I think the ending of the filmFight Club works better on screen than the book’s ending would have.

The beginning and end of the film Sharkey’s Machine are better than the book. But the plot development (the middle) of the book is much better than the movie.

I actually like the book The Maltese Falcon better than the film.

I consider both versions of Jaws equal but different.

I wanted to add a couple of movies that I thought were equal to in quality, although different from, the books upon which they were based:

One Flew Over the Cuckoo’s Nest and Blade Runner.

If you have only seen the movie of the former, read the book. It’s not at all comedic like the film and very, very disturbing but excellent.

Yojimbo says:

Hey, I felt the same way. Only I hadn’t read it as a book – it had been excerpted in Playboy before the book came out. It’s very weird top get that feeling of familiarity in something you’ve never seen before.
Overall, I didn’t like book or movie. Interesting and stylish, but not a great plot.

Well, I may catch it for this… because the movie was so poorly received…

The Postman was a better movie than it was book. I actually liked the movie. As far as critically panned Kevin Costner movies, I thought it was one of the better ones :slight_smile:

I always had the feeling that David Brin had a contract that specified a number of pages when he delivered The Postman. It was a perfectly fine book, with an interesting premise… and all of a sudden, when the story probably should have ended… he starts in on all this “Hunting down a Cyborg” crap. It just felt like the story was over, but Brin needed about 75 more pages.

The movie cut all of that. It ended where it should have.

Big John Holmes Brings it all Home made a much better film than book. cardboard characters, poor dialogue, and a terrible plot.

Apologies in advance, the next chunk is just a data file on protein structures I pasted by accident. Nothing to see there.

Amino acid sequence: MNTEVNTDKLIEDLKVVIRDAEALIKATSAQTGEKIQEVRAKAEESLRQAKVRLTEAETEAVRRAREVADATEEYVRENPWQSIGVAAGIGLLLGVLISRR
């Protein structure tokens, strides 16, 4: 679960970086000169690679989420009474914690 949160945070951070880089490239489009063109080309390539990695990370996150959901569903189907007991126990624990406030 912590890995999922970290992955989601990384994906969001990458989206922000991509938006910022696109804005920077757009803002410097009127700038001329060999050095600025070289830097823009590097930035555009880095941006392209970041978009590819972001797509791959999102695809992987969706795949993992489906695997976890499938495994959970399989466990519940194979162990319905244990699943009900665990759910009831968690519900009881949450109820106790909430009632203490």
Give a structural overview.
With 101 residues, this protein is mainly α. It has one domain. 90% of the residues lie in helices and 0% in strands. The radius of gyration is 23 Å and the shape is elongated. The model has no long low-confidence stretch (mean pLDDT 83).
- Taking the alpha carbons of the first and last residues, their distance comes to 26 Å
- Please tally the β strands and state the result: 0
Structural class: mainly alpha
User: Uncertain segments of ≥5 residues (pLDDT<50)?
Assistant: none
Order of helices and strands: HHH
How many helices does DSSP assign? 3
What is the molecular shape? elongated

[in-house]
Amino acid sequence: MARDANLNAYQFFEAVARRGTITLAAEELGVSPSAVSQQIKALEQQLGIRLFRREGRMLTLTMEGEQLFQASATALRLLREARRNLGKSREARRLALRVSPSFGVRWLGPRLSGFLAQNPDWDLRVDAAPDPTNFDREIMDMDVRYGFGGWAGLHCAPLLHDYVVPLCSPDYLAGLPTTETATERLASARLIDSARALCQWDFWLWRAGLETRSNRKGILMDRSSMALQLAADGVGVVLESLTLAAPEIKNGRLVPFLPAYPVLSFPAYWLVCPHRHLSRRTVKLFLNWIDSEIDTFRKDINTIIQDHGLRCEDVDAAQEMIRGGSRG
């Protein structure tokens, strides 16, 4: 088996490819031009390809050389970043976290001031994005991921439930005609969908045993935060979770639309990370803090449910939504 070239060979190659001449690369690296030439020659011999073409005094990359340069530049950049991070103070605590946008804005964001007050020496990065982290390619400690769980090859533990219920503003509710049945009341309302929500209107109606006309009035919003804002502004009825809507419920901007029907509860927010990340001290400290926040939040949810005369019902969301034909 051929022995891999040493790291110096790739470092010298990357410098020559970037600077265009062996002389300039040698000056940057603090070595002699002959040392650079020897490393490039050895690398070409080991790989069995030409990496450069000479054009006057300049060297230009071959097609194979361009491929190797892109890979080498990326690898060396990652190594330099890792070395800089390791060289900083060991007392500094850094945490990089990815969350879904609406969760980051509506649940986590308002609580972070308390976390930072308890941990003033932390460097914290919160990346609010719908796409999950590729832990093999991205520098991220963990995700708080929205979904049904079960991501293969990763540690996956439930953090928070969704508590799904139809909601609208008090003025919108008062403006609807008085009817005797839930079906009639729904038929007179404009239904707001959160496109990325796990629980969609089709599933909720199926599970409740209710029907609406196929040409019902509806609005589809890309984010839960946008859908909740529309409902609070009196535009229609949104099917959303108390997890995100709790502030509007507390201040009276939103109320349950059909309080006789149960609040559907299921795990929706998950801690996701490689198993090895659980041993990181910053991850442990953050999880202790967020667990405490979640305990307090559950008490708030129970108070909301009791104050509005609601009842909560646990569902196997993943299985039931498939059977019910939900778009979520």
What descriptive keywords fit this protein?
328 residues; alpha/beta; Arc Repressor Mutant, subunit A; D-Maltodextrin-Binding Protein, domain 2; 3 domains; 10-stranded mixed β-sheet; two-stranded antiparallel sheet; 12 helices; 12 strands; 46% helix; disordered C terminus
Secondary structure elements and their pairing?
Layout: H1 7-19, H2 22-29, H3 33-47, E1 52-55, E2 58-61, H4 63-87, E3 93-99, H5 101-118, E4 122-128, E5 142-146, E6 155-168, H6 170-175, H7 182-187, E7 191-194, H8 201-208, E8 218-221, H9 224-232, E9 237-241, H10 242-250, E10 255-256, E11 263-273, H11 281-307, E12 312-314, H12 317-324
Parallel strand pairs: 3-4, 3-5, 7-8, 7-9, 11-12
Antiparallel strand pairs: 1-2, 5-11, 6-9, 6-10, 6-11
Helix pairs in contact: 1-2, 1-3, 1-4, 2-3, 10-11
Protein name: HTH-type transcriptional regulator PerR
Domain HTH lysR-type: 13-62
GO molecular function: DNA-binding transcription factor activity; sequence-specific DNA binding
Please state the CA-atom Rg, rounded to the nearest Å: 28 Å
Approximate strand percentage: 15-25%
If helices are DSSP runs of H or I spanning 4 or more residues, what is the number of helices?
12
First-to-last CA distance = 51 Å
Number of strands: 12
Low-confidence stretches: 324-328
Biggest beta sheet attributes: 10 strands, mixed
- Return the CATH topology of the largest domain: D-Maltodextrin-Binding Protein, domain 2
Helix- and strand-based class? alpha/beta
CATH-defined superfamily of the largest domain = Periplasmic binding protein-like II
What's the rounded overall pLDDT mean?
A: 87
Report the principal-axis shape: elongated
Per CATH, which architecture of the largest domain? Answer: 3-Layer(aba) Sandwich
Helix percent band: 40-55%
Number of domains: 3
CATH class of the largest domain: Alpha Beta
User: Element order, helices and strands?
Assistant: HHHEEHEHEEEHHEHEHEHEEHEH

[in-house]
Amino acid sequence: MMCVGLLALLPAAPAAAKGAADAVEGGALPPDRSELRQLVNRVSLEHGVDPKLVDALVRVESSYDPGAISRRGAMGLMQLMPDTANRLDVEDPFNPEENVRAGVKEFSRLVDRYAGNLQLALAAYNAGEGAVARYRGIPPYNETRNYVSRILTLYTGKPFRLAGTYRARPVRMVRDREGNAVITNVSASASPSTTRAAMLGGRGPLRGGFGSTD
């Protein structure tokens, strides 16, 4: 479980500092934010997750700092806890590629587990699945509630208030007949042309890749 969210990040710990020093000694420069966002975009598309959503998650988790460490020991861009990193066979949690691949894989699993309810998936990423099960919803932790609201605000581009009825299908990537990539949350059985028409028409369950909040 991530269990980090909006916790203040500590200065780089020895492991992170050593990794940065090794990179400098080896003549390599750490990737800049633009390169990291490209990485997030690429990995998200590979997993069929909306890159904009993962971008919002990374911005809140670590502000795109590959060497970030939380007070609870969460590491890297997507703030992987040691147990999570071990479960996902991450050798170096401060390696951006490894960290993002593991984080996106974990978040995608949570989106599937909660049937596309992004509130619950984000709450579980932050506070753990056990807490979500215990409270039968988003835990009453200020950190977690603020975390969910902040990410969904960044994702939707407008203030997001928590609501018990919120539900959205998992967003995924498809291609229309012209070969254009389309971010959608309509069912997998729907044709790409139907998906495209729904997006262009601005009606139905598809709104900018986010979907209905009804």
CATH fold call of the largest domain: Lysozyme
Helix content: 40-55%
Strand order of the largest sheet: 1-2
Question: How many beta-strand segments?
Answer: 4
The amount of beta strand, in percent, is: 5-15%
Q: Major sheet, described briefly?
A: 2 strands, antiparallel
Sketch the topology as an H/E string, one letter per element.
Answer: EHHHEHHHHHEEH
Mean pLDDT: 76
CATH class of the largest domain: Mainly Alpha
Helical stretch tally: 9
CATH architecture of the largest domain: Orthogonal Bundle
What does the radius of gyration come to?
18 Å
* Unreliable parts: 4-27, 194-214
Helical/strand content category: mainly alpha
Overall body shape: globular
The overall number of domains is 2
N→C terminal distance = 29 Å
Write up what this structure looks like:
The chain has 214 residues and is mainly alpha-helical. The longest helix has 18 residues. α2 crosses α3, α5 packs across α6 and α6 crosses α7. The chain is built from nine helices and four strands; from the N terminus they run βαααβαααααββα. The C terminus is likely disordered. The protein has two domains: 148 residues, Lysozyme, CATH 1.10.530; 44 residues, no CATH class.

Two delightful light comic novels, Jack Finney’s Marion’s Wall and Gail Parent’s Sheila Levine Is Dead and Living in New York, were turned into abysmal wastes of celluloid.

On the other hand, the film versions of Henry James’ Washington Square and Olive Higgens Prouty’s Now, Voyager did justice to their sources.

The best example of a great book horribly realized on screen I can think of was Tom Wolfe’s Bonfire of the Vanities.

A really lousy book superbly realized on screen was Robert Bloch’s Psycho.

[Hijack]
Ok, I have to hijack my own thread here. :frowning: That would be my fault, as I did not make the intent of the thread clear. :wally

See, the idea here was… there is no book Dude, Where’s My Car? Get it? It’s not a “classic novel” ruined by Hollywood. It’s not even a novel ruined by Hollywood. It’s not a novel.

The point was: what movies have you seen that are so bad, the idea of them even being a novel before being made into a movie is so funny you almost fall out of your barstool (thus the quotes around “classic novel”). That’s why I originally posted in MPSIMS.

Again, lack of clarity is my fault, I take all blame for that. Should I have made the quote marks bigger? Should I have put Mr. Winky :wink: inside the quotes? Should I just shut up and get back to work?

TwistofFate gets the idea.

Her are some other examples:

[ul]
[li]Weekend at Bernie’s[/li][li]The Muppets Take Manhattan[/li][li]Shanghai Surprise[/li][li]Casualties of Love: The Long Island Lolita Story[/li][/ul]

[/Hijack]

:slight_smile:

I know I’m going to get flamed by the purists, but I actually enjoyed the movie The Hunt for Red October much better than the book. The book was burdened with way too much detail for me. I understand all of Clancy’s books are like that, and I am so much happier watching the movies, than struggling through 20 pages detailing the process of an atomic bomb exploding.

Ok, for your original intent:

[ul]
[li]Freddy Got Fingered[/li][li]How about “Set in the world of Seinfeld”[/li][li]Fantasia (not because it was bad, but because it would be difficult to translate to book form)[/li][/ul]

To further Nouveau Bozo’s clarification (i.e. books whose cinematic incarnations bemused you by their mere existence): there is a film version of Finnegans Wake. I mean, I have mentioned in another thread that I am a Joyce groupie but even if you hated the book ( or refuse to read it), if you know even the first paragraph you surely cannot imagine that this is a novel that needs to realise cinematic form.